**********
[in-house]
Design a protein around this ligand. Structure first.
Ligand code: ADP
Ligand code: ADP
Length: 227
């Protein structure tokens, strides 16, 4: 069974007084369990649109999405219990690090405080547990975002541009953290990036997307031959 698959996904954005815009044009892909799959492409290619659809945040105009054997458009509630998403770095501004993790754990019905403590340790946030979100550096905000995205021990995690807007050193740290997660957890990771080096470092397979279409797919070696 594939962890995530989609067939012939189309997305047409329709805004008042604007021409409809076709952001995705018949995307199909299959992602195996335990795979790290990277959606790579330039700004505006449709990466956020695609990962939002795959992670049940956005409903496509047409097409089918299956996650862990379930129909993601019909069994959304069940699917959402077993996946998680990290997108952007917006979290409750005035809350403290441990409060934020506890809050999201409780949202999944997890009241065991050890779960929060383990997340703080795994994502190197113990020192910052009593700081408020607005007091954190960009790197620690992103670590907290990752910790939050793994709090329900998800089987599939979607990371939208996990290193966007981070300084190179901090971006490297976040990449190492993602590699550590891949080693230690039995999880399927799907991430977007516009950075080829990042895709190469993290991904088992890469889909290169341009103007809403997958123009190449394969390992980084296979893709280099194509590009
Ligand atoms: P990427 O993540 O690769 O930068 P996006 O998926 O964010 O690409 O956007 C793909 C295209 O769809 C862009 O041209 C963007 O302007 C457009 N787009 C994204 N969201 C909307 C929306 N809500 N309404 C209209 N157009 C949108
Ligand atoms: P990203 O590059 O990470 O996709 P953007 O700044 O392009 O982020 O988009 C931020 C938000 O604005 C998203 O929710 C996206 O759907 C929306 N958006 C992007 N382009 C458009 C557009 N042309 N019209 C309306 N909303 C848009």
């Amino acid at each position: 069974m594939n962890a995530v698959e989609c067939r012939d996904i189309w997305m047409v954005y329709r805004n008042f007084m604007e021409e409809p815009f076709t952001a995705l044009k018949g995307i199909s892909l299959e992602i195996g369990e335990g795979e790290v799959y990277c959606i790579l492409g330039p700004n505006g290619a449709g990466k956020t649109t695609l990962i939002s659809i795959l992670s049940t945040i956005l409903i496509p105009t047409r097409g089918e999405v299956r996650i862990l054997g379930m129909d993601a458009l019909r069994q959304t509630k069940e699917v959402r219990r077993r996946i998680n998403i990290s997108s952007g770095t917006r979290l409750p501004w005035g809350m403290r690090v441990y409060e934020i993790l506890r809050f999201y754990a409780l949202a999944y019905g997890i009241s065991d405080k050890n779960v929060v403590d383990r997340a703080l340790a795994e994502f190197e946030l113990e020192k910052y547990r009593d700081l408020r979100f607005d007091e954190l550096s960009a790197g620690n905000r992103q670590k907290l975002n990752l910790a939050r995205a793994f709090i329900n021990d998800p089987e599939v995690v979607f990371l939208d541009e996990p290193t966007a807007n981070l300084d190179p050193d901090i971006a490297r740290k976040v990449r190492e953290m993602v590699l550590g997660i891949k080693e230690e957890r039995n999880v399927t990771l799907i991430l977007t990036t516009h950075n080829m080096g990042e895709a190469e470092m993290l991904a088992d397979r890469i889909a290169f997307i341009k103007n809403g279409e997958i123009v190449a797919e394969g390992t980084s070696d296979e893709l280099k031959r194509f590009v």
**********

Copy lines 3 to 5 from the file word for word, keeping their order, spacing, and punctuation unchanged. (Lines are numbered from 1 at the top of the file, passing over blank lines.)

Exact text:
Ligand code: ADP
Ligand code: ADP
Length: 227